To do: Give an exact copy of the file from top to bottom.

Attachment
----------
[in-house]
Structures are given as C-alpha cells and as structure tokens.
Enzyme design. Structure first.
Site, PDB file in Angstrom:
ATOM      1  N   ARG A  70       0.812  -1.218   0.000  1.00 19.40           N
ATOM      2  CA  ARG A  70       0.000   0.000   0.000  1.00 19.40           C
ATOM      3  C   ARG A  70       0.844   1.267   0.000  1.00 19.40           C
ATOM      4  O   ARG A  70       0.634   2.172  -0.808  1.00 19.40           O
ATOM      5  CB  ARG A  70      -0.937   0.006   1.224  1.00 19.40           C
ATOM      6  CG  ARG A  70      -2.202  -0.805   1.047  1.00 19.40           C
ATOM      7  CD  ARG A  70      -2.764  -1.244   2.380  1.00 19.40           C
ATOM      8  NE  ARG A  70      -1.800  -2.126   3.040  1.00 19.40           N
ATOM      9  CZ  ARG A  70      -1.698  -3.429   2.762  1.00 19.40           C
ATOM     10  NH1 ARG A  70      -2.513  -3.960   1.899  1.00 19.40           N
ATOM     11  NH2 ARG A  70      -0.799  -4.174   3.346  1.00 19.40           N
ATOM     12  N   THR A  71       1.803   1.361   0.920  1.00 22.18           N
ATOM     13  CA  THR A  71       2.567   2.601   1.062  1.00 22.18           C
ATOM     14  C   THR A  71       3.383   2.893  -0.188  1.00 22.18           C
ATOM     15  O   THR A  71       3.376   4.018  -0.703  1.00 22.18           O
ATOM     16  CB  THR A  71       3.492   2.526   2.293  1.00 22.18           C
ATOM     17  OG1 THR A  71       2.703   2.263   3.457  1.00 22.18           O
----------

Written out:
[in-house]
Structures are given as C-alpha cells and as structure tokens.
Enzyme design. Structure first.
Site, PDB file in Angstrom:
ATOM      1  N   ARG A  70       0.812  -1.218   0.000  1.00 19.40           N
ATOM      2  CA  ARG A  70       0.000   0.000   0.000  1.00 19.40           C
ATOM      3  C   ARG A  70       0.844   1.267   0.000  1.00 19.40           C
ATOM      4  O   ARG A  70       0.634   2.172  -0.808  1.00 19.40           O
ATOM      5  CB  ARG A  70      -0.937   0.006   1.224  1.00 19.40           C
ATOM      6  CG  ARG A  70      -2.202  -0.805   1.047  1.00 19.40           C
ATOM      7  CD  ARG A  70      -2.764  -1.244   2.380  1.00 19.40           C
ATOM      8  NE  ARG A  70      -1.800  -2.126   3.040  1.00 19.40           N
ATOM      9  CZ  ARG A  70      -1.698  -3.429   2.762  1.00 19.40           C
ATOM     10  NH1 ARG A  70      -2.513  -3.960   1.899  1.00 19.40           N
ATOM     11  NH2 ARG A  70      -0.799  -4.174   3.346  1.00 19.40           N
ATOM     12  N   THR A  71       1.803   1.361   0.920  1.00 22.18           N
ATOM     13  CA  THR A  71       2.567   2.601   1.062  1.00 22.18           C
ATOM     14  C   THR A  71       3.383   2.893  -0.188  1.00 22.18           C
ATOM     15  O   THR A  71       3.376   4.018  -0.703  1.00 22.18           O
ATOM     16  CB  THR A  71       3.492   2.526   2.293  1.00 22.18           C
ATOM     17  OG1 THR A  71       2.703   2.263   3.457  1.00 22.18           O